You’ve probably had some experiences like these at one time or another–a hard time concentrating on a test; feeling lazy, empty, or low; mistakenly hearing someone calling your name. These are not signs of schizophrenia. it is the combination and severity of several symptoms at one time–the delusions and hallucinations, the way the disease can totally incapacitate emotions, desires, and ability to function on a day-to-day level for many months–that tells a doctor a person may have schizophrenia.

Devils, Witches,, Madmen

Like other forms of mental illness, schizophrenia has been around throughout history. As recently as 100 years ago, many who undoubtedly had schizophrenia were treated as simply odd or, if too disruptive, locked up. In other times and different cultures, many were persecuted as witches or madmen controlled by the devil or evil spirits.

Our knowledge of schizophrenia has grown with our understanding of the brain and personality. In 1896, Emil Kraepelin developed the term dementia praecox to describe several illnesses that had schizophrenic-like symptoms. He thought that dementia was caused by an irreversible deterioration of the brain. In 1911, Eugene Bleuler coined the term schizophrenia, which means splitting of the mind, to describe the way persons with schizophrenia seemed to separate their thoughts, feelings, and behaviors from each other. He believed it was a psychological rather than a physical problem and thought it could be treated by counseling.

This question of physical vs. psychological causes continues to this day. Most experts now feel, however, that it is both. New research suggests that those with schizophrenia have problems with the chemicals that affect the nerves in their brain and find that these problems may be genetically passed on in families. But like an unhealthy heart that is more likely to have an attack from too much cholesterol, it is theorized that the schizophrenia is triggered by a certain amount or type of psychological stress.

Schizophrenia is found all over the world. There are many different types of schizophrenia. In the United States schizophrenia affects about 1 percent of the population, most commonly starting between the ages of 16 and 25. Of those who develop symptoms of schizophrenia, roughly one-third will recover completely. Another one-third will improve but not fully recover (they may continue to have symptoms like hearing voices or fears of people that interfere with their ability to function). The final one-third may stay the same or get worse.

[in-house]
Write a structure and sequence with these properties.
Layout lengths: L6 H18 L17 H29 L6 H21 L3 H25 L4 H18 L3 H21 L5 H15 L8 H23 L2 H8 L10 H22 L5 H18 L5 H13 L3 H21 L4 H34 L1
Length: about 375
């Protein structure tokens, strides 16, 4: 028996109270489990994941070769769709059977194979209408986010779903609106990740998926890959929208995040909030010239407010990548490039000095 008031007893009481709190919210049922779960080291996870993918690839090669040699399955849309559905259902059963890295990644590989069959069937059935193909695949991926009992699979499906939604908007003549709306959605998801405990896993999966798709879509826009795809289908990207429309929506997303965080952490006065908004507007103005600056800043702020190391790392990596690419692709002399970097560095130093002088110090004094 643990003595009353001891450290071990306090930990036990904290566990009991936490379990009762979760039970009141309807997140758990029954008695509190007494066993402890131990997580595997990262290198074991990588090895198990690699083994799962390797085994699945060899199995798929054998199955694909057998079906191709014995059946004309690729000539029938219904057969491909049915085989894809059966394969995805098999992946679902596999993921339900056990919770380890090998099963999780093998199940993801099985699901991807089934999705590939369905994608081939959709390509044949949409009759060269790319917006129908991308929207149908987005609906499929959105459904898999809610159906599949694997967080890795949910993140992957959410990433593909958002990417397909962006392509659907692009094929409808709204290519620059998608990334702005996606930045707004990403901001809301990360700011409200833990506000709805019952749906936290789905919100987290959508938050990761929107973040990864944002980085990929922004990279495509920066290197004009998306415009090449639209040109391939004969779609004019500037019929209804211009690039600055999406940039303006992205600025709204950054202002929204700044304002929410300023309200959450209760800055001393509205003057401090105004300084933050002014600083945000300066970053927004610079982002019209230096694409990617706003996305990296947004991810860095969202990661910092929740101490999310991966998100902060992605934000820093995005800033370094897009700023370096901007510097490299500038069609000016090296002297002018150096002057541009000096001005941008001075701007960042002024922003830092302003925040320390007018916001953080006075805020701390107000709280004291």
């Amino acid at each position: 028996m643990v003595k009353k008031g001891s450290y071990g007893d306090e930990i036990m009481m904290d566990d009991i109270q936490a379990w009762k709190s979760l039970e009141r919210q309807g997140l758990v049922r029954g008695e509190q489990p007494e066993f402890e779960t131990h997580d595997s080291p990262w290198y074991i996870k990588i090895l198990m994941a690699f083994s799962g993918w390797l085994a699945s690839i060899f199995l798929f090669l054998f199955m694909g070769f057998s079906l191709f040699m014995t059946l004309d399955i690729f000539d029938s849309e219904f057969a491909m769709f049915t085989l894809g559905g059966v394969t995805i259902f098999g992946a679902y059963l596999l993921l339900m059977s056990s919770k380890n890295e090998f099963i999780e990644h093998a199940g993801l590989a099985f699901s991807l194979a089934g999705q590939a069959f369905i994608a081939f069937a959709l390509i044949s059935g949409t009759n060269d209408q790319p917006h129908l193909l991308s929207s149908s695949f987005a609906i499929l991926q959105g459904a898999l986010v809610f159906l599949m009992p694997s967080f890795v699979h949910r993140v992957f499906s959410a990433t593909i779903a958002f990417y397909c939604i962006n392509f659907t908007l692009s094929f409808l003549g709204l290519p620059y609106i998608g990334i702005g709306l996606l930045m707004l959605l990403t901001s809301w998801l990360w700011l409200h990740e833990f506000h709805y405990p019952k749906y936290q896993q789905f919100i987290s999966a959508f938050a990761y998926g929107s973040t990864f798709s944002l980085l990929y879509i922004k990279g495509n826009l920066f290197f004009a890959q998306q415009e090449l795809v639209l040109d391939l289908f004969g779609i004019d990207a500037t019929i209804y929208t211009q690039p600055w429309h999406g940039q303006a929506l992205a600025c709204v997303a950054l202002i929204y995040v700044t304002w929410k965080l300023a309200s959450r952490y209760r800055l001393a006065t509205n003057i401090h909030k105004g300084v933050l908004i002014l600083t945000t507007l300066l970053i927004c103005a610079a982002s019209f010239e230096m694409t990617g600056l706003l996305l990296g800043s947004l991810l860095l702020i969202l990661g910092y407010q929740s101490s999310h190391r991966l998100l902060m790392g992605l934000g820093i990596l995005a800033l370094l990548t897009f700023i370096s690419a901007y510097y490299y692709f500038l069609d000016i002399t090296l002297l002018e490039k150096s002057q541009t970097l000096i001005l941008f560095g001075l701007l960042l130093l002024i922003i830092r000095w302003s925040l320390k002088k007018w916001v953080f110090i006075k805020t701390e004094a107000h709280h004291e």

Getting Help

There is no known cure for schizophrenia. In 1952, however, it was discovered that certain drugs used for physical ailments could control hallucinations and other symptoms of schizophrenia. Today medications are the primary means of helping the person with schizophrenia. Many patients need to take some medication all the time; others, only when the disease is most active.

Counseling with patients and their families helps to reduce stress, educate patients and family members about the disease, and help the patients keep up their social skills so that they are not so alone. There are self-help organizations in many communities that support family members.

Medications have allowed most persons with schizophrenia to remain in their own communities rather than in mental hospitals. How independently a schizophrenia patient can live depends upon the severity of his or her disease. Some patients can work and live on their own with minimal support. Others may work part time at supervised jobs and live at home with family. Others who cannot work may attend a social and recreational treatment program during the day and live in a supervised group home with other patients.

A Hopeful Future

There is still much to learn, but we have come a long way since the time of witches and devils. New forms of imaging (CT scans, MR scans) are helping us understand how the brain works. Studies in genetics may help us predict who may be vulnerable to the disease, and new forms of medication may help us treat schizophrenia more effectively. The future for those with schizophrenia and their families looks more hopeful than ever before.

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Mollie Katzen: Vegetarianism’s First Major Icon

September 19, 2014

vhhWhat do cookbook authors like best about their jobs, next to cooking and eating, that is? The Frugal Gourmet (also known as Jeff Smith) might tell you it’s the stories from the countries where his recipes originate. For Julia Child, it’s probably a rich French sauce. But Mollie Katzen, author of the Moosewood Cookbook and one of the pioneers of the vegetarian cooking movement, without a doubt, never met a vegetable she didn’t like.

Katzen will never forget her first foray into fresh vegetables.

“I hadn’t tasted a fresh green vegetable until the age of 12,” she writes in the prologue of her newly revised Moosewood Cookbook, when I was invited to dinner at the home of a friend whose mother had a vegetable garden. She picked fresh green beans for dinner and served them lightly steamed in bowls, with a little warmed milk poured on top. I went wild! This was a radical new discovery for me.”